So why was I singing Gilbert O'Sullivan?
Tim Allman, Capital Canaries I don't know why the title of a Gilbert O'Sullivan song came from nowhere into my head when I was travelling home on Thursday evening. I have never liked his songs or his music, but I couldn't help humming the tune as walked down the Kenton Road.
Tim Allman, Capital Canaries
I don't know why the title of a Gilbert O'Sullivan song came from nowhere into my head when I was travelling home on Thursday evening. I have never liked his songs or his music, but I couldn't help humming the tune as walked down the Kenton Road. All it did through was reinforce my opinion on what I had seen on Tuesday evening at Carrow Road.
There are always plenty of differing views of how we see a football match. Sometimes I don't agree with the selection or think a different player should be given a chance or a change formation is required. Initially I wasn't that appreciative of how the Norwich midfield was set up with one wide player and three more centrally based players, but I've got used to it now, and after the run of results who can argue with its effectiveness?
Sometimes a substitution is made and I'm scratching my head saying “Why?”. But what do I know of what has happened in training that week? Has the player been ill, been off form, picked up a knock or been carrying an injury that we don't know about? “And why was that player a sub in the first place?”, I ask myself as he puts in a twenty minute cameo performance that changes the game.
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The answer to all these questions is that the manager almost inevitably knows best. He or his coaching staff have seen the squad all week and make their selection and tactical decisions based on years of experience of knowing both our and the opposition's players. All I see is ninety minutes each Saturday or Tuesday. It would be more if I watched the warm up, but pre-match pub time is a precious commodity.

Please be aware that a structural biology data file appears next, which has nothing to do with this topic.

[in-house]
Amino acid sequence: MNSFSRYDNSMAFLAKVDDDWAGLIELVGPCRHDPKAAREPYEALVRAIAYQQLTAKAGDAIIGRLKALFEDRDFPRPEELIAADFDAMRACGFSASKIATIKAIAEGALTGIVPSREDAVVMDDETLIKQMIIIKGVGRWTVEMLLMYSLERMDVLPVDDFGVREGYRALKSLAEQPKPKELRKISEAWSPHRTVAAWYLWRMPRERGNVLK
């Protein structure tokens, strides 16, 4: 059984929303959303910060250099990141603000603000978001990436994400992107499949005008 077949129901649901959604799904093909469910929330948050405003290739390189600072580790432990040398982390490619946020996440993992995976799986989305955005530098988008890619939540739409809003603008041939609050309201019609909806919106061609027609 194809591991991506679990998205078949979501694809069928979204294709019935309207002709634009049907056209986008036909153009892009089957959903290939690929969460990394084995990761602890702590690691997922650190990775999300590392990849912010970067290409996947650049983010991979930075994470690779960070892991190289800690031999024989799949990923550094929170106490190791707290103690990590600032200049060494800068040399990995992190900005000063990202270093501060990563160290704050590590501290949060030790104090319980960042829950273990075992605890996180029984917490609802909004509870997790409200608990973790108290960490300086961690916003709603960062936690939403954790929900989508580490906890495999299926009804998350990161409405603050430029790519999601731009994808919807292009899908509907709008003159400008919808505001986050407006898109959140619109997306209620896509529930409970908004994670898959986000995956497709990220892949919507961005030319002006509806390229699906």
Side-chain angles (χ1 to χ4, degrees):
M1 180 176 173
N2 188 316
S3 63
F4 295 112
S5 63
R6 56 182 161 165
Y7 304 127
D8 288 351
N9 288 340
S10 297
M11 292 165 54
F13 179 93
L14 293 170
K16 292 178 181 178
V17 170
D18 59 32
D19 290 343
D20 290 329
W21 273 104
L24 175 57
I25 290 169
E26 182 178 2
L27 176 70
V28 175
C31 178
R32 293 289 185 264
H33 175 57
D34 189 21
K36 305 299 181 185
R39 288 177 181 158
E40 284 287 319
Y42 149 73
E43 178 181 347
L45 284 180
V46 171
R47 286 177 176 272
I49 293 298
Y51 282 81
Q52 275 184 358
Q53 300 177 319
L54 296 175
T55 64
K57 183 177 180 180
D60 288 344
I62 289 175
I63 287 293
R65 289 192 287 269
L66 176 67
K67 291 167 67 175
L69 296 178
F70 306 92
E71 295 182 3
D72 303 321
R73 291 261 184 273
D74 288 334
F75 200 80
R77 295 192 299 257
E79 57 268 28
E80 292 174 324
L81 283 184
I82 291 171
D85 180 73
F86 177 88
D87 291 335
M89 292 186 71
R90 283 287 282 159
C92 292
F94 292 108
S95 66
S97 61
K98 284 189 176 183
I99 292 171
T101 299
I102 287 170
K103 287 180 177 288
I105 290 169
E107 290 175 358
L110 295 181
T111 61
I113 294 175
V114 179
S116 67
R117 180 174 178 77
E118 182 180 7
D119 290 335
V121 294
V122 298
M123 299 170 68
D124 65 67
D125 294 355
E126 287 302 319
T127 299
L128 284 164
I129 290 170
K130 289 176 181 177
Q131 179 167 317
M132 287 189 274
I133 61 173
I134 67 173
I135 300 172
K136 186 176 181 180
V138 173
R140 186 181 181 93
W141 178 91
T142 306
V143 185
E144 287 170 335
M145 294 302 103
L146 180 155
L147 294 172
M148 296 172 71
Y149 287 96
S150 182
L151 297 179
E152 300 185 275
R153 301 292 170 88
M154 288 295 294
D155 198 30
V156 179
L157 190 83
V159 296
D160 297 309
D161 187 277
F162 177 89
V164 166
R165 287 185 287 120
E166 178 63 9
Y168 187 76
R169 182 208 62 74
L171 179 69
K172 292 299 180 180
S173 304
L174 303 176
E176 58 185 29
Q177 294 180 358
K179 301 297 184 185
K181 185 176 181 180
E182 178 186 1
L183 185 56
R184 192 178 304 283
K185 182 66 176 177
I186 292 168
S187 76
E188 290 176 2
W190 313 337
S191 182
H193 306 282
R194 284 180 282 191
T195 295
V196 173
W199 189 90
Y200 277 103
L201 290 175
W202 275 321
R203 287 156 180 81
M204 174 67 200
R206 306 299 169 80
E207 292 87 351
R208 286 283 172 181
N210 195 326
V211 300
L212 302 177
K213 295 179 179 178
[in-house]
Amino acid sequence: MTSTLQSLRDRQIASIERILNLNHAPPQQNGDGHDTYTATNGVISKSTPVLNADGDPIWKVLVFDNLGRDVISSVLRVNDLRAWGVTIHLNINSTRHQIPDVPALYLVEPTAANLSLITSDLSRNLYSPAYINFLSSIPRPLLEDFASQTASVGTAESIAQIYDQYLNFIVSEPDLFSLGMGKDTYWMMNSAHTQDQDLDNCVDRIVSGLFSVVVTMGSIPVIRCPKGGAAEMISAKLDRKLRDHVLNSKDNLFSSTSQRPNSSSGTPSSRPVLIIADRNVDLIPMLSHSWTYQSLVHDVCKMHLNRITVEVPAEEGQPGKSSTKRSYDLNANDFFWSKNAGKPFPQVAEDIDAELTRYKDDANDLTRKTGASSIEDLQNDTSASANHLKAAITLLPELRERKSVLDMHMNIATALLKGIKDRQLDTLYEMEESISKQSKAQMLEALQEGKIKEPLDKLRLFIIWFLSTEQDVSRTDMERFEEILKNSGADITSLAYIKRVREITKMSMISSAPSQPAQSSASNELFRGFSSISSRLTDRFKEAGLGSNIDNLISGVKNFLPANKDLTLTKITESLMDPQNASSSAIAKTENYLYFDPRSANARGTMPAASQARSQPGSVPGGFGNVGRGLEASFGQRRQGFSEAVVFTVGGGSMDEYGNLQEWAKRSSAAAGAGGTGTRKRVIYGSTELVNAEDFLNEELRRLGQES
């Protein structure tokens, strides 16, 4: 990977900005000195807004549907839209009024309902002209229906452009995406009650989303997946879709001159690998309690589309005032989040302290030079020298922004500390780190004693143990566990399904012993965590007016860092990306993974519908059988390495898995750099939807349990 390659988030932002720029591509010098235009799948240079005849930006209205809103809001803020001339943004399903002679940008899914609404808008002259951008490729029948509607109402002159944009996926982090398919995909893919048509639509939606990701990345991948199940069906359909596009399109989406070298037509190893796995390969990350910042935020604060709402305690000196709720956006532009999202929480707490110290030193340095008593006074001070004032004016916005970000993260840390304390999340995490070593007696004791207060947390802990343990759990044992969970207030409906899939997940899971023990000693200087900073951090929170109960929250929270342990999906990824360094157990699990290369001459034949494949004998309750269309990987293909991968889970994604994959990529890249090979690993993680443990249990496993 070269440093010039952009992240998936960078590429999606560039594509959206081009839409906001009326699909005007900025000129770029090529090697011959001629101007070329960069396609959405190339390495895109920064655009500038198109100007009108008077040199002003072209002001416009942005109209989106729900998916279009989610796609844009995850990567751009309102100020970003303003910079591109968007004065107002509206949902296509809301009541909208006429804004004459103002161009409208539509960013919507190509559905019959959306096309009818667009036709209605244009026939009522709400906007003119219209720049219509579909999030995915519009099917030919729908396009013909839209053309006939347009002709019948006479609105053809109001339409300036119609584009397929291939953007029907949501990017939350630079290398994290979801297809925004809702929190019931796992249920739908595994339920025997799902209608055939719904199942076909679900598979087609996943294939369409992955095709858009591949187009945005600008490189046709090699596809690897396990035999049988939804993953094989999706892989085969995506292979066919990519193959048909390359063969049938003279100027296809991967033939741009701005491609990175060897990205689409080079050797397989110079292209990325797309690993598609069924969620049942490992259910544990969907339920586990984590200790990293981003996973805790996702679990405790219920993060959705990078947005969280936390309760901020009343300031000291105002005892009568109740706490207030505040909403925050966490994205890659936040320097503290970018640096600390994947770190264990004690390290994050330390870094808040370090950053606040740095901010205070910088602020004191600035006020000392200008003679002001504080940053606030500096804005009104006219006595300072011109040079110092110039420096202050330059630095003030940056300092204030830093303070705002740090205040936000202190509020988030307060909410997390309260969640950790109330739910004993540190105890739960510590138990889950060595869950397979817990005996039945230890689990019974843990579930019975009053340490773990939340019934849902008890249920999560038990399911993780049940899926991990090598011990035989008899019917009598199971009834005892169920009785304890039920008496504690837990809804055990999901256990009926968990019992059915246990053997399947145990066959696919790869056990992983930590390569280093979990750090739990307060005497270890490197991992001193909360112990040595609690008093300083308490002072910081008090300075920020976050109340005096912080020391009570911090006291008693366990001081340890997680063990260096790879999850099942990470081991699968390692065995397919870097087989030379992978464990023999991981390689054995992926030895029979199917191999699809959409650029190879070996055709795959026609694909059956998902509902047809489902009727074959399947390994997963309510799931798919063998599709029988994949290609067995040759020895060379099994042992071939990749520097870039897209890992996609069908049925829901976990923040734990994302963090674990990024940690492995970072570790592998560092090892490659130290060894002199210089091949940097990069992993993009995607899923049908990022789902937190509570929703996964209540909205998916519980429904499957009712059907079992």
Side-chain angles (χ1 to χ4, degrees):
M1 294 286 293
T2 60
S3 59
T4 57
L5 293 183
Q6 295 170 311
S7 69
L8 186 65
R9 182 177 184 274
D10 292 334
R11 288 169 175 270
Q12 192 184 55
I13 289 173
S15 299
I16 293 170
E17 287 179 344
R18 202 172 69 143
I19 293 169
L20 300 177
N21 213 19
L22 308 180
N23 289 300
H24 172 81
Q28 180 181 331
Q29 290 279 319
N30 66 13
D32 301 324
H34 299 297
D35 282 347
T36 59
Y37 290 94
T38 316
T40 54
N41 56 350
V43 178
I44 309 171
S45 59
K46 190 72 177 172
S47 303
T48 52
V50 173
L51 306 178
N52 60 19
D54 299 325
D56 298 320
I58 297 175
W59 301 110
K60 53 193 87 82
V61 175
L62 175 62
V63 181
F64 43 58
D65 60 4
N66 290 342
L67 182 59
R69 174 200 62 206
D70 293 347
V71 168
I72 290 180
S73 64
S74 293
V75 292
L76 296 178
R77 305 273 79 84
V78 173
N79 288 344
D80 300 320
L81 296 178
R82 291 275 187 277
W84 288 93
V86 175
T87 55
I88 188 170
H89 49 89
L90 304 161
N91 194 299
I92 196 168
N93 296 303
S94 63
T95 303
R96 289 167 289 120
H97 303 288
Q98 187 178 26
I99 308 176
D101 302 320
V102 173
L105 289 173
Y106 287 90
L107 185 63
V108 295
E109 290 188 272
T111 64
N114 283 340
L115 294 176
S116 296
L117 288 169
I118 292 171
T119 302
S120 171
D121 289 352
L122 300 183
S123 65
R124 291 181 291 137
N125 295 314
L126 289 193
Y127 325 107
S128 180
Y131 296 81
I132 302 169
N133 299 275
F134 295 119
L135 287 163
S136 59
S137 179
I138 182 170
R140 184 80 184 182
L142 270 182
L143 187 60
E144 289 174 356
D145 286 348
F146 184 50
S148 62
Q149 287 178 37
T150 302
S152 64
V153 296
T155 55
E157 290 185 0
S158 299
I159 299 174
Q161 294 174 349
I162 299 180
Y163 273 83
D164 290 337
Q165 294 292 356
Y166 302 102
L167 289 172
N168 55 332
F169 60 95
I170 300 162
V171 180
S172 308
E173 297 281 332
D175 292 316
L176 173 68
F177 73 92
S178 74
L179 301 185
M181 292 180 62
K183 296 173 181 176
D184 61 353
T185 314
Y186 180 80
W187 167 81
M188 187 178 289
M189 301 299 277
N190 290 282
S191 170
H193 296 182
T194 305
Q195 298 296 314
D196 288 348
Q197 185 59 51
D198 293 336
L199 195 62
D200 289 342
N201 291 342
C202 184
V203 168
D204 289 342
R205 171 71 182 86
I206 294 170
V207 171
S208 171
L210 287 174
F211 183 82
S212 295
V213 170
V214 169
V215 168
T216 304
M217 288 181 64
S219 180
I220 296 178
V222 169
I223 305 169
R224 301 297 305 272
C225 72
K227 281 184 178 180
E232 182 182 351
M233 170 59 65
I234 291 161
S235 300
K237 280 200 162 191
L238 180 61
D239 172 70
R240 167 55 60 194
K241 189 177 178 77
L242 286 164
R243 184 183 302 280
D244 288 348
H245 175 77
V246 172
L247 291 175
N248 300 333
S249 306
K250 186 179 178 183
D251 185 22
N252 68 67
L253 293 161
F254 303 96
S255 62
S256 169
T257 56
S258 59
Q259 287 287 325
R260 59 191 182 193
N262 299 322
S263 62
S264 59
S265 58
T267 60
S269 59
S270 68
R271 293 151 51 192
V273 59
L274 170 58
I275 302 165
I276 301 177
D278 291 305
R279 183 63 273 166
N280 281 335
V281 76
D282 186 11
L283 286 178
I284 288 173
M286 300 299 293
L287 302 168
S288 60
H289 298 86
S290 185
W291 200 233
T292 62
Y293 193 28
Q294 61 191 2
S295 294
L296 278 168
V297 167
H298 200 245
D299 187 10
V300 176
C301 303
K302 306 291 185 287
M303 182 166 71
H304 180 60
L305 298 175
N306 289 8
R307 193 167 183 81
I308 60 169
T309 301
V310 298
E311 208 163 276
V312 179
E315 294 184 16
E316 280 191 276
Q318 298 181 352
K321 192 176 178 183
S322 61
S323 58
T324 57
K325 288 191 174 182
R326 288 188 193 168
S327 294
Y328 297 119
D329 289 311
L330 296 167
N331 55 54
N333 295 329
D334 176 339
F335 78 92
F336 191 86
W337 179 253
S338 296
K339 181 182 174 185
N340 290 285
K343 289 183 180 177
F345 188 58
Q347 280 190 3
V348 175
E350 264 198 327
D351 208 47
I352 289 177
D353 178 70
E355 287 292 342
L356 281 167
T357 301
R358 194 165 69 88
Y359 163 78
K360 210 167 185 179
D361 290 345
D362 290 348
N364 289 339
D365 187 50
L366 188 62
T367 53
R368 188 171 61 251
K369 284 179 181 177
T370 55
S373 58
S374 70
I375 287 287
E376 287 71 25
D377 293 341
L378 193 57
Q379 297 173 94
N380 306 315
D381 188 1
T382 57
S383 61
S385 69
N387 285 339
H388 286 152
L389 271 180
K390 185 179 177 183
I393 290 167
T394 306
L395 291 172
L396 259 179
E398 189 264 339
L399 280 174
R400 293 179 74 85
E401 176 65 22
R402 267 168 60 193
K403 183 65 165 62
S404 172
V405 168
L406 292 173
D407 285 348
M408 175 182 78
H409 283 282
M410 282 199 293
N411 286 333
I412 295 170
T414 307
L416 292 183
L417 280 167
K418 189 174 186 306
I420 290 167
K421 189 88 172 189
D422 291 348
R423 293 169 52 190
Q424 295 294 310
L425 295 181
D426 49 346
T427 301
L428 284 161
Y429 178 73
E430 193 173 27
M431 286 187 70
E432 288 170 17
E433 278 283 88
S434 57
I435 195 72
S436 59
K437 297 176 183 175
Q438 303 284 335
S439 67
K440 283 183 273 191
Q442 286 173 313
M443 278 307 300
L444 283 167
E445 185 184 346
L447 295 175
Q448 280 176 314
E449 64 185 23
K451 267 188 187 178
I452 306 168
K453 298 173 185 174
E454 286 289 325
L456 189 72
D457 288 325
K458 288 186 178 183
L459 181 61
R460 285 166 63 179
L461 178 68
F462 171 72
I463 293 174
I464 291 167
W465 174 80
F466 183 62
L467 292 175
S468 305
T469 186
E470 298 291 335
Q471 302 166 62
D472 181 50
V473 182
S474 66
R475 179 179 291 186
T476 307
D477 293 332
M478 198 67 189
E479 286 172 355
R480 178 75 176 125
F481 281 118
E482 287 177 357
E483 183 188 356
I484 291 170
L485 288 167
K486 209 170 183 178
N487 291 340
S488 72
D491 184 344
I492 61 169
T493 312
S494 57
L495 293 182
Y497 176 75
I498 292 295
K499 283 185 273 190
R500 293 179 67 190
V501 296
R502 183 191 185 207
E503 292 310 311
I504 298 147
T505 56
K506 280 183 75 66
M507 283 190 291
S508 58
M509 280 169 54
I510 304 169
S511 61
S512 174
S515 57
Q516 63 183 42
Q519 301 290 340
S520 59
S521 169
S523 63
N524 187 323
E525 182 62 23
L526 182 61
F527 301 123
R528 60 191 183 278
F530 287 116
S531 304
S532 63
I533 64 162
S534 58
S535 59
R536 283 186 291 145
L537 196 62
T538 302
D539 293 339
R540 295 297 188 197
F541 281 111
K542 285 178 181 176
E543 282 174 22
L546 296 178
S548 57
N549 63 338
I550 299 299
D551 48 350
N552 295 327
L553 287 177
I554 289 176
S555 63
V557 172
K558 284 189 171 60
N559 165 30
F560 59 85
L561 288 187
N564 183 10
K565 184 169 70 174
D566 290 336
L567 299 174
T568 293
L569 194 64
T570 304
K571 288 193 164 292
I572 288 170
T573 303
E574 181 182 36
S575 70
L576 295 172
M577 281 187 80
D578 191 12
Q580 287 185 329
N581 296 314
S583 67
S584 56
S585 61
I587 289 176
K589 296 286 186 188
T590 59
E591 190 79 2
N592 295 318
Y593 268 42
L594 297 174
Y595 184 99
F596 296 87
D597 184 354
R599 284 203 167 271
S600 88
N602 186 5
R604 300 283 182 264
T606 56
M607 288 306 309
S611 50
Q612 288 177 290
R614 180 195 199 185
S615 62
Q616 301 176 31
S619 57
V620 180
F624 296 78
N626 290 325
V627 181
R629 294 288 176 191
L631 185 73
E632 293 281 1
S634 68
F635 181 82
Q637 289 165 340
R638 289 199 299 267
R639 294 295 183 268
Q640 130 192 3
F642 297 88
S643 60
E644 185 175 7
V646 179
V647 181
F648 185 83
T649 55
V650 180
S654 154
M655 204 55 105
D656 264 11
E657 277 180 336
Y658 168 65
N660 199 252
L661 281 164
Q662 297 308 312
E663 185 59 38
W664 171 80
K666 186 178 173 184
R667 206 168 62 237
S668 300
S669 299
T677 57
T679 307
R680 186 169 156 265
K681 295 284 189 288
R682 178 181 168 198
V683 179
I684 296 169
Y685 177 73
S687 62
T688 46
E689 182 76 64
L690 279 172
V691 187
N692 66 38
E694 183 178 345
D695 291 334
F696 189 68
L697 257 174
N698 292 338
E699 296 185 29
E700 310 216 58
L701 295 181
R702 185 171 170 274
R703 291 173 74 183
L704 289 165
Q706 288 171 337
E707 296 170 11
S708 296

As regards the selection, I expected it would be same again on Tuesday after our win in Cardiff. When I heard the team news, I was more than curious as to exactly why Kieran Gibbs got the nod to start the game against Hull. Norwich had won their last three games by the odd goal, admittedly not playing the best football in the world, but with a gritty determination, some solid defending, and a couple of goal of the season contenders.
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Kieran Gibbs had not been selected in the sixteen for either of the two games he had been eligible to play in. He was however picked ahead of both Matty Pattison and Darren Huckerby, and also ahead of Mo Camara who missed out altogether, presumably as he was the sixth loan player, and only five can be named in the squad.
As regards the reason for his selection, Gibbs had been outstanding in training during the time he had been at the club, and Glenn Roeder said in an article this week. “From what I've seen in training, I can see why Arsene Wenger thinks he's one of his top young talents.”, so maybe it was no surprise that he was in the team for the Hull game.
Perhaps Gibbs left his excellent form at Colney, or strived too hard to impress the visiting Arsenal coaching staff who had come especially to see the game, as his debut did not live up to expectations, and he was subbed after an hour having struggled to get into the game at all.
The terms of Gibbs' loan deal, which was announced on 31st January on the Norwich City Official site reads, “Arsenal can recall him with twenty four hours notice after one month of his time at Carrow Road has elapsed”.
Perhaps Gibbs' debut can be looked at from another angle. Had he not been selected on Tuesday, blooding him against up-em and at-em long ball Leicester on the Crisp Bowl quagmire may not have been considered, and that would only have left the home game against Barnsley as the last fixture he could have played in before Arsenal had the option to recall him. And it wouldn't have done next seasons loan chances a great deal of good if one of Arsenal's young starlets had been recalled after only having played one game in a month would it?
I'll finish as I started, by recalling the song I was humming to myself on the way back home on Thursday evening, which by some strange coincidence had the same title as our left midfielder who played against Hull.
“Alone Again Naturally”